“When I was eventually cleared to fight, it became about learning how to become a K-1 fighter. K-1 is a less-brutal derivative of Muay Thai, so you’re not allowed to use elbows, spinning back fists and certain clenches. I had to do pad and bag exercises and lots of core work, which involved burpees, sit-ups and mountain climbing. The last stage was about ringcraft and strategic fighting, which was most rewarding, because that was when I truly started to ‘become’ a fighter.”
After our interview on the train, when we saw Idris again later that night for the K-1 event, he was already in high spirits. After the fight, he greeted us with a big smile and asked what we thought of it. To say the least, Idris was as impressed as we were about the 20-or-so emotion-filled mano-a-mano matches that we just witnessed.
Other than the hectic fights, the dramatic sidelights were a stirring sight to behold: Losing fighters cried unabashedly, while a retiring pugilist dedicated his triumph to his nonagenarian grandmother, who went up the stage to raise his arm for the last time.
But Idris’ mother wasn’t as thrilled about the whole thing. “My mom was worried,” he admitted. “She came to one of the fights, and it was pretty harrowing for everyone who knew me. I drew that fight, but I got knocked down in the third round. My mom was the only one in my family who said, ‘This is silly. Don’t let him kick you in the head! What are you doing this for? Do you need your asthma inhaler?’ I was like, ‘Mom, please be quiet.’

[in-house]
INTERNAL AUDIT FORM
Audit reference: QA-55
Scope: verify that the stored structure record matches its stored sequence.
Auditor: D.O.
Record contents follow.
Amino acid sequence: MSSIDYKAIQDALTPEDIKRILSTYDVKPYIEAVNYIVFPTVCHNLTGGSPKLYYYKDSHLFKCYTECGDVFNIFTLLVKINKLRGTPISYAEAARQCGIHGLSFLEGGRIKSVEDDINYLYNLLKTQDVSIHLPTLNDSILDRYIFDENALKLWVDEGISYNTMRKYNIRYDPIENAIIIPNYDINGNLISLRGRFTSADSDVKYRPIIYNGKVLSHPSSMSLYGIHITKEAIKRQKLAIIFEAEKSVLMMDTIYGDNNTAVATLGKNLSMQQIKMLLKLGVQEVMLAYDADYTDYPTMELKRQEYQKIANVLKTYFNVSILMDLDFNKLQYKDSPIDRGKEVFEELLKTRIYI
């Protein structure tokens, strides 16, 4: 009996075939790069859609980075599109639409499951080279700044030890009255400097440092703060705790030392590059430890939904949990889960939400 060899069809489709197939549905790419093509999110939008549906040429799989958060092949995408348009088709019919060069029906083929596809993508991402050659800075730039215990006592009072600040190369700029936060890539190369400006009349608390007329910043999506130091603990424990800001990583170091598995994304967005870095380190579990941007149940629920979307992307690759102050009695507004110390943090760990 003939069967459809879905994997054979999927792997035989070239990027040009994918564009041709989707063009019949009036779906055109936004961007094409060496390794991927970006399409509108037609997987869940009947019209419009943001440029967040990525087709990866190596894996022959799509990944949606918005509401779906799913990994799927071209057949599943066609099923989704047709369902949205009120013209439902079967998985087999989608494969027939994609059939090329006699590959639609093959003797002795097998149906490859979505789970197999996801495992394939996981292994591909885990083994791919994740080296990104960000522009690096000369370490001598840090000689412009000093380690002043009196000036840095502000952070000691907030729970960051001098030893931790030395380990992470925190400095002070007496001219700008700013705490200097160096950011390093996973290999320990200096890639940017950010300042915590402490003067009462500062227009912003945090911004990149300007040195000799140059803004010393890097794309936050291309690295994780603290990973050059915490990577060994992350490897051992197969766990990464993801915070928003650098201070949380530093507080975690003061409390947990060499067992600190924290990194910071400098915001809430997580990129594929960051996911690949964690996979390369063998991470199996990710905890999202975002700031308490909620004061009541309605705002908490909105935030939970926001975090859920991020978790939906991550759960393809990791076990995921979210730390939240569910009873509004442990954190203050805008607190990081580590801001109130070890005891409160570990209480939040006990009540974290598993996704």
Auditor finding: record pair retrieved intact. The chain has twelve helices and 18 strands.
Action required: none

“My daughter was very much into it. In Thailand, my son came to training with me. My kids are used to daddy being a bit stupid in that sense. My family was worried about me, and I don’t think I’d want to put them through that again. I’m 44 years old, and fighting is definitely a young man’s sport.”
How hard was it for Idris to convince the filmmakers of “The Dark Tower” and “Thor: Ragnarok” to allow him to continue sparring? Idris quipped, “They had no choice. The project predated those movies. I was already doing it by the time I got onto both films. I was respectful of the requirements of my day job.”
“I wanted to give up a few times. I was told in my early training that I had a severe back injury, and not giving up was tough. But it was a personal discovery for me. When you’re training for a fight, you take more losses than you take wins. My ego was deflated many times, which turned out to be good for me. I was being beaten down by people that my ego thought I could handle.”
His training in Cuba was particularly memorable for Idris, as was his trip to Kyoto, where he trained with a sensei. His Japanese mentor taught him about pain control, how to break wood with his hands, and how to ‘tense’ his body whenever he’s being kicked or punched.
“In Kyoto, I meditated for the first time in my life,” Idris disclosed. “It was quite moving because, for some reason, I started to cry. I was literally in a flood of tears! But it wasn’t sadness—it was some sort of release.”